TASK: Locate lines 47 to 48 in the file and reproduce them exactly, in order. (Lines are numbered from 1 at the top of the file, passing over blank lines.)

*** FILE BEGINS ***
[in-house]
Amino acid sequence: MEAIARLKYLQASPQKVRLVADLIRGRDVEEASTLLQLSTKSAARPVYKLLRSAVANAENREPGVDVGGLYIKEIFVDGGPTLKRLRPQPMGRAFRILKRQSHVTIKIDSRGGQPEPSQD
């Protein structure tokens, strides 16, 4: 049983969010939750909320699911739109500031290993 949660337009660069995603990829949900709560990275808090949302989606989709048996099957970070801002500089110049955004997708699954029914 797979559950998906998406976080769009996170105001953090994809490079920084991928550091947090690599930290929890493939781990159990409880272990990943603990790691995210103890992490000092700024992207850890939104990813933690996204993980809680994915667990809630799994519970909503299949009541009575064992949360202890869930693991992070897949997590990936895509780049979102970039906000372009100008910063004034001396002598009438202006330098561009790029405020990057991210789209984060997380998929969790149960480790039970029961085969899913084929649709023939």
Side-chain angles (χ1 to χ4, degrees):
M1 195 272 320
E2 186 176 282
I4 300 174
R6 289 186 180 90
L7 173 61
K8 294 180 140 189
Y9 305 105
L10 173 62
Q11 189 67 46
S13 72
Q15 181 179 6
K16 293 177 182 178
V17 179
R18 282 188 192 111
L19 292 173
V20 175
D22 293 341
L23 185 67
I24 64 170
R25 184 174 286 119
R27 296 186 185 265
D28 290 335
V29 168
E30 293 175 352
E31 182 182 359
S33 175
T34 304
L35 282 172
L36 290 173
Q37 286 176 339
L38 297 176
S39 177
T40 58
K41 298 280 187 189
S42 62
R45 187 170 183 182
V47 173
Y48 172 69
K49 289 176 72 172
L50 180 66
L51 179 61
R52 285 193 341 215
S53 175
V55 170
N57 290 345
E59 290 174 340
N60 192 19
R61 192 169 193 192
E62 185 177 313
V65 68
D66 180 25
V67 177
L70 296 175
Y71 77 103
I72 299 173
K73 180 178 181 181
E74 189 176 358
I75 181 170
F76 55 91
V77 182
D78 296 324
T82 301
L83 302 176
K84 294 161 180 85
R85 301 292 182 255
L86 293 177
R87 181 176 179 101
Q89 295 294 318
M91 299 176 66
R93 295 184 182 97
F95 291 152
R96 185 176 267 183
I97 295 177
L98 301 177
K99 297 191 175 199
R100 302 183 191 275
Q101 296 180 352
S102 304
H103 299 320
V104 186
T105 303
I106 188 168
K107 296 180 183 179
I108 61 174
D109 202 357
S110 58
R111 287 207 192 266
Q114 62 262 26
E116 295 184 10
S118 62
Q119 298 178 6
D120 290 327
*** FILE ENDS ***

S53 175
V55 170